36th DPS Meeting, 8-12 November 2004
Session 20 Titan
Poster I, Tuesday, November 9, 2004, 4:00-7:00pm, Exhibition Hall 1A

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[20.02] Maintenance of Equatorial Superrotation of a Planetary Atmosphere: Analytic Evaluations of the Zonal Momentum Budget for the Stratospheres of Venus, Titan and Earth


The long-standing problem of the existence of equatorial superrotation in a slowly rotating planetary atmosphere has been solved analytically. Each of ten terms in the averaged zonal momentum equation is analyzed systematically, first by scale analysis, then through analytic formulations and numerical evaluations, and finally by comparison with well-known planetary atmospheres. Key parameters of the analytic formulations are found to agree with observational constraints, resulting in a formulation consistent with fundamental physical concepts. The analytic forms of the approach explicitly show how an equatorial superrotation is dependent on various external and internal parameters.

The main results are: (i) Venus equatorial superrotation of 118 m/s results primarily from a balance between the momentum source of the pumping by thermal tides and the momentum sink of the meridional advection of wind shear by horizontal branches of the Hadley circulation; (ii) no solution is found for Titan's stratospheric equatorial superrotation at 1-mb level; (iii) however, if the main absorption layer of the solar radiation in Titan's stratosphere is lifted from 1 mb (~ 185 km) to 0.1 mb (~ 288 km), an equatorial superrotation of ~ 110 m/s can be maintained at the 0.1-mb level; (iv) a dust cloud in the Earth's lower stratosphere at the 100-mb level, such as one produced by an asteroid impact, can also produce an equatorial superrotation of ~ 120 m/s; (v) the postulated superrotation in the atmosphere of either Titan or Earth results mainly from a balance between the momentum source of the tidal pumping and the momentum sink of the frictional drag force; (vi) superrotation in Earth's lower stratosphere can enhance the meridional transport of dust clouds. This increased meridional transport can, for example, accelerate the globalization of unfavorable environments for the survival of the dinosaurs, following an asteroid impact.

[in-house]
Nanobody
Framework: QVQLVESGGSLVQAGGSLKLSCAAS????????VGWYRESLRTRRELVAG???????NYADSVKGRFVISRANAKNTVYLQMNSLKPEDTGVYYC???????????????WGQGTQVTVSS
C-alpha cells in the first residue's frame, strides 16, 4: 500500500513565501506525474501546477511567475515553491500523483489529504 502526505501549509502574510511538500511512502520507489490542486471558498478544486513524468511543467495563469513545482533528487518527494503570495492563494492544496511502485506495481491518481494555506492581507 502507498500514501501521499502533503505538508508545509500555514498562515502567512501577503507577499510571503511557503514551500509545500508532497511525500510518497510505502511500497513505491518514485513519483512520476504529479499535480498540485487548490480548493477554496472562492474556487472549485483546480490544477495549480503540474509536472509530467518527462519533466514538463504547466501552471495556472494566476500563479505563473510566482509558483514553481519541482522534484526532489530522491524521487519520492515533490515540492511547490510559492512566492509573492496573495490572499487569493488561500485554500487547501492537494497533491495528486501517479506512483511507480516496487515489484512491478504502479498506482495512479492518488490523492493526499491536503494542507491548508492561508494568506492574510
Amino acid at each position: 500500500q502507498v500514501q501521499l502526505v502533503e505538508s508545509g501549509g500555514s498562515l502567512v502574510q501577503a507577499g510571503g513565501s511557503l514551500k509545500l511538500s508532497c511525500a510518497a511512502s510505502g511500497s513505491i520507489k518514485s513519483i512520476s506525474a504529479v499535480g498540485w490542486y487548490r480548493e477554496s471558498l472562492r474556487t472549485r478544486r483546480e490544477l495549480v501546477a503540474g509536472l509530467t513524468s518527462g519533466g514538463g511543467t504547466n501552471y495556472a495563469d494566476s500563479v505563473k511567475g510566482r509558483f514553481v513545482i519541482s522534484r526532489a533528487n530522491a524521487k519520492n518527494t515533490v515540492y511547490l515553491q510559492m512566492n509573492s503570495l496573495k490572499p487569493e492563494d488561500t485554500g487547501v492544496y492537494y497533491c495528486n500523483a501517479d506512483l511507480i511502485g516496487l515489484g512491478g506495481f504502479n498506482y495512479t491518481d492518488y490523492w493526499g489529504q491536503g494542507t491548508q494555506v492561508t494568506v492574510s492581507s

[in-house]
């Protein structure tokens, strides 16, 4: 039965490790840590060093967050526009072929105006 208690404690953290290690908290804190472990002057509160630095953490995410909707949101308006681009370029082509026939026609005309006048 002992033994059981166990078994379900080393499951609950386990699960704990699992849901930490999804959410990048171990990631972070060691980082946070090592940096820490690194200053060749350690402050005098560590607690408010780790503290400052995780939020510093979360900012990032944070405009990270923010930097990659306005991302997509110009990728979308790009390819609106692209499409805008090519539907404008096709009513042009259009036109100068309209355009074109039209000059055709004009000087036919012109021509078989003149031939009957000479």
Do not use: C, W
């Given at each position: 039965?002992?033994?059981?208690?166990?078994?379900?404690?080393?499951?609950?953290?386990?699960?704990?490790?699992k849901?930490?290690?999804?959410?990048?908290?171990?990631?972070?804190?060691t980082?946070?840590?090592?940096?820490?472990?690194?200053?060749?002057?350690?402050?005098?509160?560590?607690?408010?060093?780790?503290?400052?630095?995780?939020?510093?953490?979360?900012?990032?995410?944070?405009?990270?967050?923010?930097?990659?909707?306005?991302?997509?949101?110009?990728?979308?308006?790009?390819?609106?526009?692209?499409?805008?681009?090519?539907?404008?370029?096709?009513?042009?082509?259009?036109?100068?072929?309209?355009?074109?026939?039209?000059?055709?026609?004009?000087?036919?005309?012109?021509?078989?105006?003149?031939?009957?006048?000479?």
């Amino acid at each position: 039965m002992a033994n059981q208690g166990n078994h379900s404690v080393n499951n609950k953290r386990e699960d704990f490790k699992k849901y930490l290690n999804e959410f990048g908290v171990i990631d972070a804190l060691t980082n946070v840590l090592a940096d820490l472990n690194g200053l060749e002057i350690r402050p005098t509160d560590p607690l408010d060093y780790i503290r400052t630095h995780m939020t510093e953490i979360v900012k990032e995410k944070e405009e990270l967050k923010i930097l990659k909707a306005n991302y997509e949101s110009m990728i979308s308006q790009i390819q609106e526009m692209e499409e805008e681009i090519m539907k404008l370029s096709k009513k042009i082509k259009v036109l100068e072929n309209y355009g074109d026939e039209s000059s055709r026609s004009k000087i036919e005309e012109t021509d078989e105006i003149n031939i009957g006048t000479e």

Detailed analyses also lead to the following more general results on the equatorial superrotation: (i) planetary rotation rate is not crucial for the existence of an equatorial superrotation; (ii) it is unlikely that the eddy horizontal momentum transfer in a slowly rotating atmosphere such as Venus' is against its gradient, though this remains an open question; and (iii) upward momentum flux by Hadley circulation below the jet center of an equatorial superrotation is a momentum sink, which will impede rather than assist the formation of the equatorial superrotation.

This work was supported by NASA Grant NAG5-11962.

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